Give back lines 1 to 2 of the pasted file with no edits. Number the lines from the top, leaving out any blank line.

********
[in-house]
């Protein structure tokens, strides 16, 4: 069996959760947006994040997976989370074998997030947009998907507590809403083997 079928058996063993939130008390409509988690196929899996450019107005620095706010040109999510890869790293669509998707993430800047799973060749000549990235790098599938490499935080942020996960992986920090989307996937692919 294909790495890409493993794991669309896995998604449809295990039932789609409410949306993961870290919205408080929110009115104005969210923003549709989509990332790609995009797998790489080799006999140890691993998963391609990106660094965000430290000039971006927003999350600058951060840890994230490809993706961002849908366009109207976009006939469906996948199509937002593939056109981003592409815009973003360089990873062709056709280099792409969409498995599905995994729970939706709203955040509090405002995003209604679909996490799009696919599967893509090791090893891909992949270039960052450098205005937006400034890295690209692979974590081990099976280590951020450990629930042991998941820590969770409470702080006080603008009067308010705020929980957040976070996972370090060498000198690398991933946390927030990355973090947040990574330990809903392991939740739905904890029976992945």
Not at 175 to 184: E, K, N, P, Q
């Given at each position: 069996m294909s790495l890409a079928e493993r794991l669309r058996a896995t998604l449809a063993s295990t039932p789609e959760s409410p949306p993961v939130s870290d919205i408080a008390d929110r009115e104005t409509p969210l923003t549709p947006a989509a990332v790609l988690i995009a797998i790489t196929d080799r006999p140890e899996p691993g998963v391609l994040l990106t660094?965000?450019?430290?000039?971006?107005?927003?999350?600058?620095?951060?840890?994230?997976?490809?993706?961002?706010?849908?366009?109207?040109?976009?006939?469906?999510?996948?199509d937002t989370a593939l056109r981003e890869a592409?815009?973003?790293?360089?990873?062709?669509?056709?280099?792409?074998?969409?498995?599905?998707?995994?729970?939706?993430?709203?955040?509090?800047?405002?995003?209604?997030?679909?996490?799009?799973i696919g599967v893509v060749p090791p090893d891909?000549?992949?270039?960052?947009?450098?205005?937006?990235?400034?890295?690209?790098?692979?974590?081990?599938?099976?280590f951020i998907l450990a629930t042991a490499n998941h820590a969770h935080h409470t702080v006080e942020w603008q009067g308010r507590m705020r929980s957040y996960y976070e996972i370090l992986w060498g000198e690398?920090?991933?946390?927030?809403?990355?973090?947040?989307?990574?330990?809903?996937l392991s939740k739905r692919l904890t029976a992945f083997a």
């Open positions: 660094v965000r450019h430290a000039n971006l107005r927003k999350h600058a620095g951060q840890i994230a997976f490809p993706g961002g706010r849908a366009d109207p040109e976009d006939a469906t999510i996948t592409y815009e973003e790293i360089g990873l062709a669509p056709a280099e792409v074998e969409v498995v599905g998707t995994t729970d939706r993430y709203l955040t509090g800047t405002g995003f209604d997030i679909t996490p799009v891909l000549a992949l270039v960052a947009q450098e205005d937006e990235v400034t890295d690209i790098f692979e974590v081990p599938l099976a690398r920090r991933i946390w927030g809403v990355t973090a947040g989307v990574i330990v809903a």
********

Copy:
[in-house]
């Protein structure tokens, strides 16, 4: 069996959760947006994040997976989370074998997030947009998907507590809403083997 079928058996063993939130008390409509988690196929899996450019107005620095706010040109999510890869790293669509998707993430800047799973060749000549990235790098599938490499935080942020996960992986920090989307996937692919 294909790495890409493993794991669309896995998604449809295990039932789609409410949306993961870290919205408080929110009115104005969210923003549709989509990332790609995009797998790489080799006999140890691993998963391609990106660094965000430290000039971006927003999350600058951060840890994230490809993706961002849908366009109207976009006939469906996948199509937002593939056109981003592409815009973003360089990873062709056709280099792409969409498995599905995994729970939706709203955040509090405002995003209604679909996490799009696919599967893509090791090893891909992949270039960052450098205005937006400034890295690209692979974590081990099976280590951020450990629930042991998941820590969770409470702080006080603008009067308010705020929980957040976070996972370090060498000198690398991933946390927030990355973090947040990574330990809903392991939740739905904890029976992945």